this is what I use to tell if what I’m doing to treat myself is helping or not..

    And I used his list of recommended supplements to find cheaper versions (the Walmart B-complex works great)

    A mom of many blog tracking her adrenal recovery, helpful for a plan

    Not that having babies and nursing isn’t hard on our bodies, but women who have few or no kids are also being diagnosed with adrenal fatigue. I think eating the Standard American Diet and living in a fallen world that’s causing problems for us. Worth a read..

    Although my temps and bp are still a little low, my 2 and 1/2 month old is my # 6 and this has been my easiest and most energetic pregnancy and recovery, yet!
    It’s worth your time to look into this and try to make a few changes. Sometimes you don’t realize how bad you felt until you start feeling better 🙂
    Feel free to e-mail me to discuss more,
    Carey (In Missouri)

  9. I enjoyed this post Kim. What an interesting life you have 🙂

    I would appreciate prayer from you (and your readers) as we are trying to grow our family.

  10. The fact that you get up a lot through the night fatigue could be just lack of sleep…….an easy non-medical test is to go away with your husband for a night or two and have someone else watch the kids! I have 5 littles so I know it is hard to get away….and my twins were 22 months old and still nursing twice a day at the time we “escaped.” However, I was so tired and felt that I needed a break. My mom AND my mother in law came and spent the weekend with my kids while my husband and I went away (to my moms house that is close.) I nursed the twins then hubbby and I left. I came back in the morning to nurse the twins then spent the day w/hubby sans kids…..It was weird to be away but I came back SO refreshed! Anyway, could just be you need a FULL nights sleep…..and some alone time w/the hubby is nice!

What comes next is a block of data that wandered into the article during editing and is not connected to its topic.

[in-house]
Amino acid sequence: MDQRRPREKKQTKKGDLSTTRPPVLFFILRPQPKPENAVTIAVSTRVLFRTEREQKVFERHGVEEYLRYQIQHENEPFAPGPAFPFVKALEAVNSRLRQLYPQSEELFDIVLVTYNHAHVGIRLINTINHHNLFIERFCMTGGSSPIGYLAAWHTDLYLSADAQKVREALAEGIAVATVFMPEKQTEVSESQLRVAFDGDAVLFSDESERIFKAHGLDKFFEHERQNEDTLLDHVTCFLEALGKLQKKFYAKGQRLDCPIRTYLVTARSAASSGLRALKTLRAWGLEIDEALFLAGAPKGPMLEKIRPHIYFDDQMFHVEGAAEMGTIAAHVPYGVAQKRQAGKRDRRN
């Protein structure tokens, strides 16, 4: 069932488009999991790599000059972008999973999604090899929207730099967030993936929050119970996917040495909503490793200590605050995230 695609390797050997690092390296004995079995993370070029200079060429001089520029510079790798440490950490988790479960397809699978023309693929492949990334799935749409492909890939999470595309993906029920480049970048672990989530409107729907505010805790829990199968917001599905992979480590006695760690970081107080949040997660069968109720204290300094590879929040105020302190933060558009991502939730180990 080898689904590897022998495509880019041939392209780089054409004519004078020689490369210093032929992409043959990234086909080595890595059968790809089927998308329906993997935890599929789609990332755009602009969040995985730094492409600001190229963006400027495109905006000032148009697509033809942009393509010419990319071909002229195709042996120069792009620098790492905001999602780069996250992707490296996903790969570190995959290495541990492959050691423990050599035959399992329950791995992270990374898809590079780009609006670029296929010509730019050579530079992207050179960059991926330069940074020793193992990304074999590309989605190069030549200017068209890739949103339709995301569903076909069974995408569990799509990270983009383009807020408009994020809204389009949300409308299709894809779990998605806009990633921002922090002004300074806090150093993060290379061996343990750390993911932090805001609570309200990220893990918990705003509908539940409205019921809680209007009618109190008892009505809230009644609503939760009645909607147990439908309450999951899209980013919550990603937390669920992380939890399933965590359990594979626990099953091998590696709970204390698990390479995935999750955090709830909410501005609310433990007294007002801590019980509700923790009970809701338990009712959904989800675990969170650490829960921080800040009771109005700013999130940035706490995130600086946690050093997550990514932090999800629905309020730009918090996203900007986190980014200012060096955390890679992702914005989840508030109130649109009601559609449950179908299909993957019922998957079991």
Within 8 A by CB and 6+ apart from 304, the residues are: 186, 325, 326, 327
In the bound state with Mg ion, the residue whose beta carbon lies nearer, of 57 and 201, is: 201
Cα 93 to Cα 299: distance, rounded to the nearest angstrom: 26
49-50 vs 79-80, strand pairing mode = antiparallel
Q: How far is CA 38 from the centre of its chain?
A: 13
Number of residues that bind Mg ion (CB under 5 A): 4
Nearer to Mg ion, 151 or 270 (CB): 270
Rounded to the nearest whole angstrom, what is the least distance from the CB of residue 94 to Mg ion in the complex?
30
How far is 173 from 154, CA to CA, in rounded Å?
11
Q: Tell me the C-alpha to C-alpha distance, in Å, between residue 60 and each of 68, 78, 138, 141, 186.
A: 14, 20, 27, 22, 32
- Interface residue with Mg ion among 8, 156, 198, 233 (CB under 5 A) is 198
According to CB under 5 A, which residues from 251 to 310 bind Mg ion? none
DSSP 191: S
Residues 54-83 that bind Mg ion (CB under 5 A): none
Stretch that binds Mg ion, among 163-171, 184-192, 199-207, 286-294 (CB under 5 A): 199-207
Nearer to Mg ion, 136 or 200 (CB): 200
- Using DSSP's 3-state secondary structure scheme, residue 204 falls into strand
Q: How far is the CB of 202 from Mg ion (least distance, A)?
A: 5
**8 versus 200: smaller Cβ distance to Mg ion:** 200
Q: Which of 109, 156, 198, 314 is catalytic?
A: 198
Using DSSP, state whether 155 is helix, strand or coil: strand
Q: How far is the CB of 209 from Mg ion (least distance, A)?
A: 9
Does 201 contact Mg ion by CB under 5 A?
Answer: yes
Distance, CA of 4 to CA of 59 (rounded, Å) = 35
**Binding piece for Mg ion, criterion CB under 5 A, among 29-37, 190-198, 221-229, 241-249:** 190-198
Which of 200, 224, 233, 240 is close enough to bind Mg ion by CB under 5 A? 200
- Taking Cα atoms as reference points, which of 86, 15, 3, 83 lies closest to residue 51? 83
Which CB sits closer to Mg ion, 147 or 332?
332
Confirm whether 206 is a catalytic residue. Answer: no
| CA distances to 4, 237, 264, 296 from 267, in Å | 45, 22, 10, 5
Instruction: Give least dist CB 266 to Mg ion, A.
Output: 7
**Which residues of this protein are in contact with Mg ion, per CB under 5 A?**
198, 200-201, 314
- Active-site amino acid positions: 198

11. Oh. My. Hysterical! Oh, I thought I was reading myself when I got through this post! HA! You know, sometimes you think you’re the only one that has ‘those’ kinds of kids. Honestly, it’s WONDERFUL that someone else does!
    As for the fatigue, I was struggling with the same thing and then some. My hubby, like yours, became concerned and finally sent me to the doctor (shudder). What we found was that my Vitamin D levels were REALLY low. Which is wierd, because its not like I shy from the sun, even though I burn just looking at it (red hair, fair skin). Anyway, I’ve been 6 weeks on a Rx dose of Vitamin D and WHOA!!! I feel SOOOOO much better!
    Yes, I still lack sleep, and there are moments of weariness that we mommies all know about. But I was no longer feeling unglued, overwhelmed, put-upon, or angry at myself for feeling these things or feeling that I should be able to DO THIS, yet not able.
    God has blessed, blessed, blessed me through the whole thing. It was like He was saying, “See? You’re not in over your head, your body just needed a little help. I’m not disappointed, angry or withdrawn. It was just all you could handle to get up every morning, and now that you’re feeling better, we can just pick up where we left off! I love you and I’m so glad you’re feeling better!”
    Be blessed!!

    • This was so my case, Annie! I am glad that you are doing better! Blessings!